HUNTINGTON BEACH (CBSLA.com) — A somber and emotional memorial was held Sunday in Huntington Beach — to mark the 15th anniversary of the attacks on 9-11.
CBS’s Greg Mills was there as hundreds stood tall and with hands over their hearts sang the national anthem.
The memorial brought back a flood of memories of the day and days and months following the attacks.
“I don’t think you ever recover. You learn to live with it,” said Officer Vincent Zappula who was working that day for the NY Port Authority.
After the attacks at the World Trade Center, he was dispatched to Ground Zero and spent every day there for the next six months.
“I remember my friends that we lost, fondly,” Zappula said.
Zappula and other officers from New York, New Jersey and Huntington Beach — all involved in the aftermath of the terrorist attacks, were honored Sunday.
“All I kept thinking was, we’ve gotta find, we gotta find these people,” recalls retired Capt. Kevin Devlin of the Port Authority Police.
He added, “I’ve been at plane crashes. I’ve been at shootings. Nothing could prepare me for what I did or what I saw,” he said.
Two groups of Huntington Beach Police Officers went to Ground Zero to help in the massive recovery effort.
“Words can’t describe it. I’m getting emotional talking about it now. Overwhelmingly sad,” said Sgt. Chris Tatar of the Huntington Beach Police.
While 15 years have transpired for the men and women who went to Ground Zero, for them it’s almost like time has stood still.
Zappula for one, told Mills it didn’t feel like 15 years, at all.
“More like 15 days,” he said.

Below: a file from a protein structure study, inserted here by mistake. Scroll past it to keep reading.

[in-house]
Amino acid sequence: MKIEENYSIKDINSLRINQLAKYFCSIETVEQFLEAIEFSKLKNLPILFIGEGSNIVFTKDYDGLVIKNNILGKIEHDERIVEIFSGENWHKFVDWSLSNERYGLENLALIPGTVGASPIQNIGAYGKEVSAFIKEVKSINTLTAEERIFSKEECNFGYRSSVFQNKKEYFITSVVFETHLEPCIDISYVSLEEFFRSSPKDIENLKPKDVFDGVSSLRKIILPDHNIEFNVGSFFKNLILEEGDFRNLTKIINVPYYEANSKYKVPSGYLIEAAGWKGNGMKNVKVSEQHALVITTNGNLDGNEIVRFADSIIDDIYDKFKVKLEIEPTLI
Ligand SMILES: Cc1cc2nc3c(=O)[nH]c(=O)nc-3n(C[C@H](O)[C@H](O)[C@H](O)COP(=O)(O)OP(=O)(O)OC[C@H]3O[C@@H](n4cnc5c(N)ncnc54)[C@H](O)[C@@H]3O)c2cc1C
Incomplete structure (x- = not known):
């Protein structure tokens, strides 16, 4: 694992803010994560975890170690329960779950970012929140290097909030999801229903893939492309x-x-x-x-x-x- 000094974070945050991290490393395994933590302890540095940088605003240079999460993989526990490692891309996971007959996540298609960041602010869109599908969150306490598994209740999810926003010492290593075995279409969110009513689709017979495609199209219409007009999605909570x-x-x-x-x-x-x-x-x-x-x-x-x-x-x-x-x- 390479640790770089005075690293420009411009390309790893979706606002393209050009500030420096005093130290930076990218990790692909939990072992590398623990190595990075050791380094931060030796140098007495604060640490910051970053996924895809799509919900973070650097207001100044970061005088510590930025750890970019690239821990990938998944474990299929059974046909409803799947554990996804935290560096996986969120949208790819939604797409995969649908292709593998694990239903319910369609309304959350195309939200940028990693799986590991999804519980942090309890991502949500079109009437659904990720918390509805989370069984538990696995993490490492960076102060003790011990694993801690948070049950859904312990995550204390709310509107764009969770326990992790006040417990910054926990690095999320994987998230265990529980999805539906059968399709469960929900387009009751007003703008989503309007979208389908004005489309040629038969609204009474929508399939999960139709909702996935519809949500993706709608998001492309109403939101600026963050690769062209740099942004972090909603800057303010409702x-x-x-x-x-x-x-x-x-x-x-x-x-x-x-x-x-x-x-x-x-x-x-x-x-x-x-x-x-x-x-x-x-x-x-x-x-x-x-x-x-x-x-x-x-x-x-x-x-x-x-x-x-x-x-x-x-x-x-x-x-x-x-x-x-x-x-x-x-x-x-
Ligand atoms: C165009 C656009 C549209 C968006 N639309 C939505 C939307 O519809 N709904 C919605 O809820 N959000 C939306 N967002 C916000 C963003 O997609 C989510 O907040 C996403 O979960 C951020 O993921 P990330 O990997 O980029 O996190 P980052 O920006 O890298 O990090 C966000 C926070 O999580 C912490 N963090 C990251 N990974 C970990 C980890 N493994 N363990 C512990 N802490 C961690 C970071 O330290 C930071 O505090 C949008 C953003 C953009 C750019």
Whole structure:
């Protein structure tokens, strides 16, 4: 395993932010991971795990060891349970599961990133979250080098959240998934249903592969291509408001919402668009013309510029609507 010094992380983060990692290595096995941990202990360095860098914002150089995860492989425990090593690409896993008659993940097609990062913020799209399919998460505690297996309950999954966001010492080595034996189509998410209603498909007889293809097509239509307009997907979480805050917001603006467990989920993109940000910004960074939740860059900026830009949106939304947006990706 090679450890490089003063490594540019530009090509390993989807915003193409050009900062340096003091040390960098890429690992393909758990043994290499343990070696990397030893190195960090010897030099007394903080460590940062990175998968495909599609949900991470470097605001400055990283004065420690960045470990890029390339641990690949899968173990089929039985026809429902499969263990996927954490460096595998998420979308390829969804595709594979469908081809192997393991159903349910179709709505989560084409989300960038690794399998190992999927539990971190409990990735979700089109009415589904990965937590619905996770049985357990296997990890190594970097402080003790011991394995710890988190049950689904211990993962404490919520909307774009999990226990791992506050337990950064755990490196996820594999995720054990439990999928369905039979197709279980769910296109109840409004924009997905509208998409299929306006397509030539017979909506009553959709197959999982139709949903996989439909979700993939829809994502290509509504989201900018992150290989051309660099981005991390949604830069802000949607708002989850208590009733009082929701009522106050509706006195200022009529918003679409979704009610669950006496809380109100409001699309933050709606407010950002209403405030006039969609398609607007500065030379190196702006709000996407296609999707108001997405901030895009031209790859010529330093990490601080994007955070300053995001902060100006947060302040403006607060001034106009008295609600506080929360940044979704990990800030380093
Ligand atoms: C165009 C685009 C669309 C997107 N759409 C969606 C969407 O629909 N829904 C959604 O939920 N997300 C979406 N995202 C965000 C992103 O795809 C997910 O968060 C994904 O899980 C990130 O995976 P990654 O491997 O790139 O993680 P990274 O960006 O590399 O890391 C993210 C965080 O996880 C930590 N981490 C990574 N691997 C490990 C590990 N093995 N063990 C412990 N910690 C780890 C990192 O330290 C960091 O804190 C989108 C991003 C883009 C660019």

The theme today: Never Forget.
Mills said there were distinctive reminders all around. Two pieces of steel recovered from Ground Zero and two granite pillars to depict the towers of the World Trade Center.
“It’s awesome. Huntington Beach is a great place and New York City is a great place and I’m glad we can bring them both together,” said Tatar.
Huntington Beach resident Dave Garafalo was among hundreds of people who came out to honor those who lost their lives and to pay tribute to the first responders who helped saved countless others.
“These policemen and firemen stood up and did their job better than anyone has seen before,” Garafalo says.
The Newcombes of Huntington Beach came because they felt it was important to share their memories of the day with their daughter who wasn’t around in 2001.
“She’s 13 and I think it’s very easy for us, to think that we will remember — but the next generation needs to know, too, and not forget,” says Carina Newcombe.
The wife of one of the Port Authority officers told Mills he really appreciates the tributes and memorials on 9-11 but he cannot personally attend them as they bring up too many painful memories.